Kate McMullan's 'Myth‐o‐mania' books, which appeared in 2002 and 2003, convert familiar myths into up‐to‐date versions that respond to contemporary concerns: the Minotaur is no monster, but a gentle misfit who practices vegetarianism (McMullan 2003); Persephone uses a cell phone and checks into the Motel Styx, and she was never abducted by Pluto, who only helped her escape her overprotective mother (McMullan 2002). These revisions are presented not as primary narratives, but as corrections of false stories promulgated by a self-regarding Zeus in The Big Fast Book of Greek Myths. By the early twenty-first century, the children's myth collection has become so established a form that it turns to self-parody in order to provide its child audience with a fresh experience of the pleasures of classical mythology.
An article in the University of Valencia's Journal of Literary Education drew attention to a difference in the portrayal of heroes between countries:
Being from a foreign country, I am also interested in comparing the way Greek mythology is taught to children between Greece and other countries. So far, the main difference is that heroes play a key role in Greece. In other countries, series books about Greek mythology mostly deal with gods and goddess, instead of heroes. For example, in America, Kate McMullan’s famous series book Myth-O-Mania (2002) is focused on the conflict between Hades and Zeus. Gods and monsters including Cupid, Medusa, Persephone also come into the spotlight. The stories of Theseus and Hercules are told, but they are not depicted as great heroes. In this retelling, Hades reminds (them) of their…. quest and helps them complete it.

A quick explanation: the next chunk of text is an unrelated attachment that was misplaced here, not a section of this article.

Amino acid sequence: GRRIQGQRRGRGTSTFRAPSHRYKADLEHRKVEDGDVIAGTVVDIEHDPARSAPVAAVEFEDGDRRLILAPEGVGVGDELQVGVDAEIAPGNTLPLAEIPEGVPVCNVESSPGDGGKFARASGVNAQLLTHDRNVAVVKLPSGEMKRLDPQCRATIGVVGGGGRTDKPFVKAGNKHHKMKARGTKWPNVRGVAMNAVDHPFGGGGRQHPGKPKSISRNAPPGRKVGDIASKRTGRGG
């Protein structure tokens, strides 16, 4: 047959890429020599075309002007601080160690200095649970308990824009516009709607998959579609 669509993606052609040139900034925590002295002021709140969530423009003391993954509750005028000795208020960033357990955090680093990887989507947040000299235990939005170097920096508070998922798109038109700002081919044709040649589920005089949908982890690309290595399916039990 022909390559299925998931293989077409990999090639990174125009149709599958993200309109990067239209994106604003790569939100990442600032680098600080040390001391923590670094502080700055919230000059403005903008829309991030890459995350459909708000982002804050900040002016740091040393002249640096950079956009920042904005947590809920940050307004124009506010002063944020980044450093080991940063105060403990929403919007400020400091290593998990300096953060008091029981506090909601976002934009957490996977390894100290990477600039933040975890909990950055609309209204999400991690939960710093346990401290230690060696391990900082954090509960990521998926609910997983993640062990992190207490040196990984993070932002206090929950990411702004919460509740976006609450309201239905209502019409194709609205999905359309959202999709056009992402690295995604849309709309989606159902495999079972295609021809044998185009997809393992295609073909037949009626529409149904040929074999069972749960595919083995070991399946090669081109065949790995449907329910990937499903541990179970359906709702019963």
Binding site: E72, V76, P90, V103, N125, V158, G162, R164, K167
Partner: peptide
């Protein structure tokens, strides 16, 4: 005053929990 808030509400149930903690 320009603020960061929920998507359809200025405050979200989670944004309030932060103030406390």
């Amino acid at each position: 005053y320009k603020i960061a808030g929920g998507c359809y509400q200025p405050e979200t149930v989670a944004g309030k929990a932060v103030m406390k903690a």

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- ^'Myth-o-Mania Chapter Books Kate McMullan'. katemcmullan. Retrieved 2021-06-23.
- ^Noble, Barnes &. 'Have a Hot Time, Hades! (Myth-O-Mania Series #1) Paperback'. Barnes & Noble. Retrieved 2021-06-23.
- ^'Hades Worksheets & Teaching Resources Teachers Pay Teachers'. www.teacherspayteachers.com. Retrieved 2021-06-23.
- ^Murnaghan, Sheila (Spring 2011). 'Classics for Cool Kids: Popular and Unpopular Versions of Antiquity for Children'. Classical World. 104 (3): 345–347. JSTOR41303435. Archived from the original on 2020-05-02. Retrieved 2020-05-02.
- ^Kazmierski, Sharon (Fall 2002). 'The Clearing House'. The Classical Outlook. American Classical League. 80 (1): 30–31. ISSN0009-8361. JSTOR43939630.
- ^Gallo, Don (July 2004). 'Bold Books for Innovative Teaching: Summer Reading: 2004'. The English Journal. 93 (6): 114–115. JSTOR4128905.
- ^Murnaghan, Sheila; Roberts, Deborah H. (2017). 'Myth Collections for Children'. In Zajko, Vanda; Hoyle, Helena (eds.). A Handbook to the Reception of Classical Mythology. Hoboken, New Jersey: Wiley. p. 99. ISBN978-1-4443-3960-4. Retrieved 2020-05-02.
- ^Kim, Suh Yoon (2018). 'Representation of Greek Mythology in History Textbooks of Greek Primary schools'. Journal of Literary Education (pdf). University of Valencia. 2018 (1): 157. doi:10.7203/JLE.1.12268. Retrieved 2020-05-02.